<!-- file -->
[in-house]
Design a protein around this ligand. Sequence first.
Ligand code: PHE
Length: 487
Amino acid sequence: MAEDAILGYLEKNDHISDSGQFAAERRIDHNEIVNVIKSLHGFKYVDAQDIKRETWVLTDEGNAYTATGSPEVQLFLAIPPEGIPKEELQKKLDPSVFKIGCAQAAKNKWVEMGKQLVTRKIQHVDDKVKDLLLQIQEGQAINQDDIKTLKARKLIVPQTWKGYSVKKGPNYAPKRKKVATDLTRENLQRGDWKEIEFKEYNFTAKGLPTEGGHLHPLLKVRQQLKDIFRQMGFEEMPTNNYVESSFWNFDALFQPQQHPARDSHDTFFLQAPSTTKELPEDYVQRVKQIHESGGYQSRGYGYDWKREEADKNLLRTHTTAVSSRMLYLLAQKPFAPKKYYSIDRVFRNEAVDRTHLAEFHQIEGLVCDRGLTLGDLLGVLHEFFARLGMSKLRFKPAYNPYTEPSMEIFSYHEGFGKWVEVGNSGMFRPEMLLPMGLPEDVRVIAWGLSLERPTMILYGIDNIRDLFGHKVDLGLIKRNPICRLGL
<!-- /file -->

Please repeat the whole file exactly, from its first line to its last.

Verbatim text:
[in-house]
Design a protein around this ligand. Sequence first.
Ligand code: PHE
Length: 487
Amino acid sequence: MAEDAILGYLEKNDHISDSGQFAAERRIDHNEIVNVIKSLHGFKYVDAQDIKRETWVLTDEGNAYTATGSPEVQLFLAIPPEGIPKEELQKKLDPSVFKIGCAQAAKNKWVEMGKQLVTRKIQHVDDKVKDLLLQIQEGQAINQDDIKTLKARKLIVPQTWKGYSVKKGPNYAPKRKKVATDLTRENLQRGDWKEIEFKEYNFTAKGLPTEGGHLHPLLKVRQQLKDIFRQMGFEEMPTNNYVESSFWNFDALFQPQQHPARDSHDTFFLQAPSTTKELPEDYVQRVKQIHESGGYQSRGYGYDWKREEADKNLLRTHTTAVSSRMLYLLAQKPFAPKKYYSIDRVFRNEAVDRTHLAEFHQIEGLVCDRGLTLGDLLGVLHEFFARLGMSKLRFKPAYNPYTEPSMEIFSYHEGFGKWVEVGNSGMFRPEMLLPMGLPEDVRVIAWGLSLERPTMILYGIDNIRDLFGHKVDLGLIKRNPICRLGL